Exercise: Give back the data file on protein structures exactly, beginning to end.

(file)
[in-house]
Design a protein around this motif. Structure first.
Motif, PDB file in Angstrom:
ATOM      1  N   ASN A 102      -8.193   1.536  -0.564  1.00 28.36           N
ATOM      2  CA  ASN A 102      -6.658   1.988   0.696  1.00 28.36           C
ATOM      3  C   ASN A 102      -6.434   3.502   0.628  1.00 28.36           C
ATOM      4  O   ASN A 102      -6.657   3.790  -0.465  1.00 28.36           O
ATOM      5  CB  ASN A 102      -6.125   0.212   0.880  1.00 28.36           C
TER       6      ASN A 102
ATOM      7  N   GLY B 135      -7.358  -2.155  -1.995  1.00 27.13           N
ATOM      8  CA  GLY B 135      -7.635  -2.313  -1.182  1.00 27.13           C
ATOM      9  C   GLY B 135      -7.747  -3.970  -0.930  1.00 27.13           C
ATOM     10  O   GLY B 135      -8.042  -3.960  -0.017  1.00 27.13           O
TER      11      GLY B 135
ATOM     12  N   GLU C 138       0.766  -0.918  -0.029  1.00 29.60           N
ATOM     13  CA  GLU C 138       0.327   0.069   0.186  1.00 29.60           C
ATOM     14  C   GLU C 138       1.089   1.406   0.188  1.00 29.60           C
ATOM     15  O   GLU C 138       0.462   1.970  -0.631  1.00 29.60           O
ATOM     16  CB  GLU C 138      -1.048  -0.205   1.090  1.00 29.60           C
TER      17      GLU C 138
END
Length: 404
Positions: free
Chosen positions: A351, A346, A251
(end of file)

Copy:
[in-house]
Design a protein around this motif. Structure first.
Motif, PDB file in Angstrom:
ATOM      1  N   ASN A 102      -8.193   1.536  -0.564  1.00 28.36           N
ATOM      2  CA  ASN A 102      -6.658   1.988   0.696  1.00 28.36           C
ATOM      3  C   ASN A 102      -6.434   3.502   0.628  1.00 28.36           C
ATOM      4  O   ASN A 102      -6.657   3.790  -0.465  1.00 28.36           O
ATOM      5  CB  ASN A 102      -6.125   0.212   0.880  1.00 28.36           C
TER       6      ASN A 102
ATOM      7  N   GLY B 135      -7.358  -2.155  -1.995  1.00 27.13           N
ATOM      8  CA  GLY B 135      -7.635  -2.313  -1.182  1.00 27.13           C
ATOM      9  C   GLY B 135      -7.747  -3.970  -0.930  1.00 27.13           C
ATOM     10  O   GLY B 135      -8.042  -3.960  -0.017  1.00 27.13           O
TER      11      GLY B 135
ATOM     12  N   GLU C 138       0.766  -0.918  -0.029  1.00 29.60           N
ATOM     13  CA  GLU C 138       0.327   0.069   0.186  1.00 29.60           C
ATOM     14  C   GLU C 138       1.089   1.406   0.188  1.00 29.60           C
ATOM     15  O   GLU C 138       0.462   1.970  -0.631  1.00 29.60           O
ATOM     16  CB  GLU C 138      -1.048  -0.205   1.090  1.00 29.60           C
TER      17      GLU C 138
END
Length: 404
Positions: free
Chosen positions: A351, A346, A251